Moslem is Family, vinyl billboard, 17 x 9 ft

Costume Party at the Moslem Temple, 2019

Appropriating Arab, Islamic and Middle-Eastern props, characters, images, names, spaces, architecture and tropes for their secret society, rituals and public parades, Shriner parades feature exaggerated and overtly orientalist Arab characters and themes. Steeped in these images, I wonder: How do the Shriners see the use and consumption of such images of the Arab subject? And more importantly how do these images serve the U.S.’s endless war with and in the Middle East? What does it mean to have a billboard and a float in one space? How is a float a billboard? What is being advertised in a parade? What does it mean for me to do research in a place called a Moslem Temple and to dance there? How can I or should I become a part of it, to embody it, to use my senses to understand and laugh at this locale? What does the Mystic Order of the Shriners have to do with a Playboy Bunny? What does orientalism have to do with sexism? What is lost and gained in the American dream for the local Arab artists, artisans and shopkeepers embedded safely within the rich diaspora of their relocated cultures and community here?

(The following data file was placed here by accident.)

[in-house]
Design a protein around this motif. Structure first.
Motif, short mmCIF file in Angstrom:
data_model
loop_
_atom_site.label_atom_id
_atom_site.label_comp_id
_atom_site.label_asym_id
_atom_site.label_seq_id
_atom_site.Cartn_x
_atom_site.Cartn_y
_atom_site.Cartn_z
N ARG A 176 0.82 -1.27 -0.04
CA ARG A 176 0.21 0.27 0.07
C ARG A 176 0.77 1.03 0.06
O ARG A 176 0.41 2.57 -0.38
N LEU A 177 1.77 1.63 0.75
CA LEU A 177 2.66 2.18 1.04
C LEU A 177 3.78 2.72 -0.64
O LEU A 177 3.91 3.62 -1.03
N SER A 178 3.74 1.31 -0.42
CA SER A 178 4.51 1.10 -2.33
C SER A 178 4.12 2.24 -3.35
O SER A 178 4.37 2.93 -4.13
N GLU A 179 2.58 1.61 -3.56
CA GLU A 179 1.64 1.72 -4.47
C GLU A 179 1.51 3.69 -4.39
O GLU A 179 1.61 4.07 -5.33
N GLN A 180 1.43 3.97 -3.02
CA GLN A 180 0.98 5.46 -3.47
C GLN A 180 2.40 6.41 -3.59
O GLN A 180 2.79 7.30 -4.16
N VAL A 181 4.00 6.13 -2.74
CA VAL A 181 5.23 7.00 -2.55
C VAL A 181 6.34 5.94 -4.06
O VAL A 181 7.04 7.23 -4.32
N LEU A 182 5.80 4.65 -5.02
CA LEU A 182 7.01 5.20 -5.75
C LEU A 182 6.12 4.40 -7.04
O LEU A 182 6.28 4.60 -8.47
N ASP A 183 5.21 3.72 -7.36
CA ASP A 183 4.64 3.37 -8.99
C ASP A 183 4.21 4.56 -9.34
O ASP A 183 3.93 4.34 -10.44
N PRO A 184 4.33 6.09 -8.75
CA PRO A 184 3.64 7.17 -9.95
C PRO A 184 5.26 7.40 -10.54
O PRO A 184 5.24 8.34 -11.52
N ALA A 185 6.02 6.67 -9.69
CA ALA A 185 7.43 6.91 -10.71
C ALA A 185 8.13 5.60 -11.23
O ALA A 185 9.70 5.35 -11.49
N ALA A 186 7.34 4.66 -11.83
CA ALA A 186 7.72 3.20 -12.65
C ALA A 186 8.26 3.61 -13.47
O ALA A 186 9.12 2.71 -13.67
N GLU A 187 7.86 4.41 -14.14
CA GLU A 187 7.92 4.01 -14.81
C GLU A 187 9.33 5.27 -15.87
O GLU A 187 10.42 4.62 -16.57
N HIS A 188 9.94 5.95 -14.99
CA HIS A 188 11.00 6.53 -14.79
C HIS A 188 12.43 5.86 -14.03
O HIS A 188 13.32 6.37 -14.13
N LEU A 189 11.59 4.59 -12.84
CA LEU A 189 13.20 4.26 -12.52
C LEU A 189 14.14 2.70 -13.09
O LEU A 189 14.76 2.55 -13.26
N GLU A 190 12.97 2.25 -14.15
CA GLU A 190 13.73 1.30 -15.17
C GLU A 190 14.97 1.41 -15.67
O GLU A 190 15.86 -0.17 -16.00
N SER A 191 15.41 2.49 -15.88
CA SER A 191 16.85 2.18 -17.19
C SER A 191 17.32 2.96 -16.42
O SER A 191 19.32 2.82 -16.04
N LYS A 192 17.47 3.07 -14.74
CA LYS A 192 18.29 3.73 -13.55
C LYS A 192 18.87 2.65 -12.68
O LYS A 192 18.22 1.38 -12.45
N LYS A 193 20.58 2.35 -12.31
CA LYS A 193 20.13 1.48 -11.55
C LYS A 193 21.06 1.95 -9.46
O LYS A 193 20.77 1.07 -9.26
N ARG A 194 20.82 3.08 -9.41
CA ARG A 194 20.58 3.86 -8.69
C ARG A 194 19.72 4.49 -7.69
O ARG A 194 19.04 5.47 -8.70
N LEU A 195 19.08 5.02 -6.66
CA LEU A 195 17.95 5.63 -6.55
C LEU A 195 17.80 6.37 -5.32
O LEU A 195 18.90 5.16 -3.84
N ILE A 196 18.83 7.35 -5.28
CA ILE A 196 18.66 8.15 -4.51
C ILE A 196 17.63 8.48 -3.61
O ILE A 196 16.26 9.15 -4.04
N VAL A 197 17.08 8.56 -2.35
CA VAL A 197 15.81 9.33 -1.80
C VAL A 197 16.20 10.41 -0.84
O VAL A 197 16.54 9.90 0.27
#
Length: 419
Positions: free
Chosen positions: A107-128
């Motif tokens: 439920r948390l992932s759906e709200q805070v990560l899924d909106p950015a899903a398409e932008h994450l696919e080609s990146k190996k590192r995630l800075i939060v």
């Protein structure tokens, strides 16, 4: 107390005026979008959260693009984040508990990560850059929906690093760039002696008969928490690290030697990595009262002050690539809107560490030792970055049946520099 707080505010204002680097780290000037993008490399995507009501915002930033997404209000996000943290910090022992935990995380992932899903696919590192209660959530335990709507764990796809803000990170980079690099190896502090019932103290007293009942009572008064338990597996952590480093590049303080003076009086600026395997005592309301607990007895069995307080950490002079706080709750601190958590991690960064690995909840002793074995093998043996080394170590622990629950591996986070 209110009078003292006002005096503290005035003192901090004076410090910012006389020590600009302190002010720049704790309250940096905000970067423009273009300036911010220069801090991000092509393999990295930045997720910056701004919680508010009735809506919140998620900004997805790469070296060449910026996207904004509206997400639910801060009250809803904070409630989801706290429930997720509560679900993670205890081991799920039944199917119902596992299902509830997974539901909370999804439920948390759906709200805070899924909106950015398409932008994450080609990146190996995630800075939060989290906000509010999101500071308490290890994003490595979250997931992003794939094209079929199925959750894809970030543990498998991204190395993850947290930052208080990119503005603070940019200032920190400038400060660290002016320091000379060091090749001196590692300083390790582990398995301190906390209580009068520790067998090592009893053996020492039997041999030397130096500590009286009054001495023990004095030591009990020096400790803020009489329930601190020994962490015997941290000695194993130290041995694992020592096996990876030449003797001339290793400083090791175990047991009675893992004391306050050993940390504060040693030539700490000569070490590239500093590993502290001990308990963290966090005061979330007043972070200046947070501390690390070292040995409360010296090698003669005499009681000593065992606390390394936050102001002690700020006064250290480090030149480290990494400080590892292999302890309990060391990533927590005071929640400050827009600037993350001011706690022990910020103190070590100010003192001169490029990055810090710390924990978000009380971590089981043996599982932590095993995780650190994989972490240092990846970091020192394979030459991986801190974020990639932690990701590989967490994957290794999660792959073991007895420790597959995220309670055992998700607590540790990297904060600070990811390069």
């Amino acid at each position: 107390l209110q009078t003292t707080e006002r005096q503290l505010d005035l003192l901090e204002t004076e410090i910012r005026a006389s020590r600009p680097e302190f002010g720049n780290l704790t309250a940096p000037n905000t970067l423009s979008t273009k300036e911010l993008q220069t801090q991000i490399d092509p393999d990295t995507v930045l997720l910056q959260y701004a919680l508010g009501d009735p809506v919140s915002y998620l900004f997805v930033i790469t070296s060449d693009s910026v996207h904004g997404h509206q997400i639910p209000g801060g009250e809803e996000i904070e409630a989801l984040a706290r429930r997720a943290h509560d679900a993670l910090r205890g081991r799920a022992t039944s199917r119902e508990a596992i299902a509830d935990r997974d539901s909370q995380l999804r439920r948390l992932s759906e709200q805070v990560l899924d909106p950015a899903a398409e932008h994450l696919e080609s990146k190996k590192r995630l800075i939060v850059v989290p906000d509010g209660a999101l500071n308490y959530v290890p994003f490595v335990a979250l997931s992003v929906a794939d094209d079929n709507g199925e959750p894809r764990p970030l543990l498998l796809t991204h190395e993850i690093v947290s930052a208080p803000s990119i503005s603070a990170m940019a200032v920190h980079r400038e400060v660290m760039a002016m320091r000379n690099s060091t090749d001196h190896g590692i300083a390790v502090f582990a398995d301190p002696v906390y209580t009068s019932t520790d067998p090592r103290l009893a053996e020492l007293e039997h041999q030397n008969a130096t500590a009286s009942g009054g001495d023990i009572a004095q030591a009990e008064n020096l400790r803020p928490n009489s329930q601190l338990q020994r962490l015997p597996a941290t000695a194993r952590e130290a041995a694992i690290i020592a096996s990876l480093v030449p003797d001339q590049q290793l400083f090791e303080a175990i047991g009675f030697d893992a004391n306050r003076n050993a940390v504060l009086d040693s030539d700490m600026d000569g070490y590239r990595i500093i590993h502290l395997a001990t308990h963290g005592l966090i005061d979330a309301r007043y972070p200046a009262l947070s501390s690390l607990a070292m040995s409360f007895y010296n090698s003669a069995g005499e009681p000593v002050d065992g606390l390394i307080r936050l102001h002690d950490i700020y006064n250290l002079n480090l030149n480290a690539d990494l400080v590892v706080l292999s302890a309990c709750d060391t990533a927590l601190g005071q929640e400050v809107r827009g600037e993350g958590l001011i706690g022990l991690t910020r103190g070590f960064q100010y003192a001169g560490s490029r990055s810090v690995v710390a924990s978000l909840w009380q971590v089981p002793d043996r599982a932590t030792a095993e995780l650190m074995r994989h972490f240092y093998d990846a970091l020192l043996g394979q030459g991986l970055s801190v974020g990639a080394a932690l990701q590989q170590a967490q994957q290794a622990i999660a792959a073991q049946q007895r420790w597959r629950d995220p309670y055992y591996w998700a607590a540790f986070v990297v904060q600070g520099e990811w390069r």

The Shriners, formerly known as the Ancient Arabic Order of the Nobles of the Mystic Shrine, a fraternal order organized around the principles of “fun, fellowship and the Masonic principles of brotherly love, relief and truth,” was established in 1870 by founders Walter M. Fleming, M.D., and William J. Florence. Taking many drawings and notes at a party in Cairo, Fleming built his sect of Freemasons, The Shriners, on the pillars of festivities and frivolity. In Arab Middle Eastern history shrines, however, comprise buildings that often house the tombs of prophets, imams and other notable religious figures and have become symbolic spaces for culture, religion, politics, and national identities, due to their sacred and holy status to believers.

Full statement here.


Turath aw Hadara
17:30 minute video, collaboration with Jose Luis Benavides

Using Format